Given that this blog deals with lots of issues whereby other people's opinions are maladies that are best cured by facts, reason and logic, it is understandable that the doctor that tries to administer the medicine is sometimes seen as the knifeman trying to lacerate the flesh. But I promise you, it isn't so - I just want to place a higher premium on what's factual, reasonable and logical than on what's popular and comforting but ultimately short-sighted, misleading and damaging. On a daily basis it strikes me as strange and regrettable that so many of our politicians and social commentators are somewhat reluctant to do the same.



Monday, 16 November 2015

Why This University 'Problem' Is Actually A Blessing

Following on from a recent blog about the importance of tuition fees, there is another bit of confusion doing the rounds. There used to be a cap to ensure universities had a limited number of students achieving grades AAB or higher at A-level. When the cap was lifted a few years ago, some higher education commentators were concerned that this would lead to the creation of an elite English “Ivy League”, reflective of the American higher education systems, and possibly even alienating students from poorer backgrounds less likely to achieve high grades.

Their fears have come to pass, as currently over half of students achieving AAB or better at A Level are concentrated in just twelve universities (they are: Manchester, Durham, Oxford, Cambridge, Nottingham, Leeds, Exeter, Bristol, Warwick, Birmingham, Sheffield and Southampton.)

However, even though there is a high concentration of high grade students attending just twelve universities, there is absolutely no reason why this should be a problem - in fact, it is quite the opposite: it is a blessing in disguise, because it gives exhibition to the healthiness of competition and the value of incentivisation to do well and go to the best universities.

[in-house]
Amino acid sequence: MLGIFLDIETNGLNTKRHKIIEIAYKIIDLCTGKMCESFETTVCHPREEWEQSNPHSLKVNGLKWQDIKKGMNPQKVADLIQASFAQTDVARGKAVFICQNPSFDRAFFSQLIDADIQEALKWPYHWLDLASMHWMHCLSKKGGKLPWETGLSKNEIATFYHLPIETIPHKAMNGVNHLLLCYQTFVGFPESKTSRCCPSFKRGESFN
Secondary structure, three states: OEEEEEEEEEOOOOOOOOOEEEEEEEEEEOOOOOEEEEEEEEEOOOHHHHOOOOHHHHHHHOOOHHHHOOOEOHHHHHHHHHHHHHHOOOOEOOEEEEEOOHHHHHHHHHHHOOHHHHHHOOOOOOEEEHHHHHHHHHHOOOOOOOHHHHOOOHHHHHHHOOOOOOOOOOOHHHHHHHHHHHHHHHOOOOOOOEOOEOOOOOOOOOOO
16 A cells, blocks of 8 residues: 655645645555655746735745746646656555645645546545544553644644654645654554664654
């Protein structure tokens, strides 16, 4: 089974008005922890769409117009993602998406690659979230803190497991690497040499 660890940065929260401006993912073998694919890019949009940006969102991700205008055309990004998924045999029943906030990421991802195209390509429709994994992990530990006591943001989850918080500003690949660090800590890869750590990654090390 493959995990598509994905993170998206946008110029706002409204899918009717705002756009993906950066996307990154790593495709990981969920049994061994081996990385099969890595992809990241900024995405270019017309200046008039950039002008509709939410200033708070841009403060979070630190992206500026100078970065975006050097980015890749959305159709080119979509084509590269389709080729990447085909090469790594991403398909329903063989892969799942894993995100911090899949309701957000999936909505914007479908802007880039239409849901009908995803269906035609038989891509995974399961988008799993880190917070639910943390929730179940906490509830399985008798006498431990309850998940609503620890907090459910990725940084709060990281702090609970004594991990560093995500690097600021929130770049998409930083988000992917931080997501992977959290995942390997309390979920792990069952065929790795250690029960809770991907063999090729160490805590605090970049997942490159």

By equal measure, a competitive higher education market incentivises universities to pull out all the stops to attract the brightest and best students and be as high up as possible in the league table of results nationwide. In a marketplace with healthy competition and demonstrable incentives to strive for high standards you would expect to see cluster groups of high achievers, just as you see in sport, in retail and in entertainment. But competition doesn't just make the best better, it raises (or has the potential to raise) the standard of everyone, because it should incentivise lower performers to up their game, either by improving standards, by innovating to capture an unfilled niche, or in some cases by trying something different altogether.

The other peculiar thing many people tell us is that if a higher education marketplace is too openly competitive it will work against people who are bright but from disadvantaged backgrounds. This is an absurdly counterfactual objection to have, because it will actually have the opposite effect. An education marketplace that is too money-centred will be a bad thing because, in terms of performance and results, selection against bright disadvantaged students will disadvantage the university.

Consider why. Suppose Oxford and Cambridge had hiked up admission fees to attract the elite. Such a policy goes against the thing they should value most - academic credentials. If you are an employer looking to employ an Oxford graduate, who would you prefer; one who got in on scholastic merit, or one who got in because of a privileged financial background? The value of attending Oxford depends largely on the university's reputation, which is built primarily on prior academic excellence of former students. By having applicant quality as the measure of admission, the average student quality can be increased, which then further increases the prestige, which then increases the allure for high-quality future applicants.

A system that neatly balances the admission quantity between talented young people that can pay (and do), and talented people that can't pay and are helped along the way, is a system that is just about right. It is inevitably true that being from a privileged high achieving background does confer advantages on young people that young people from working class backgrounds do not enjoy. This upsets lots of people - but it should not. Privilege mostly comes (either directly or indirectly) from high achievement. Therefore if you want to argue that that is a bad thing, you are arguing that a world in which achievement engenders advantage is a bad thing, which amounts to devaluing merit-based advantages - and to do that is to make a mockery of applying skills and working hard in general.

Thursday, 12 November 2015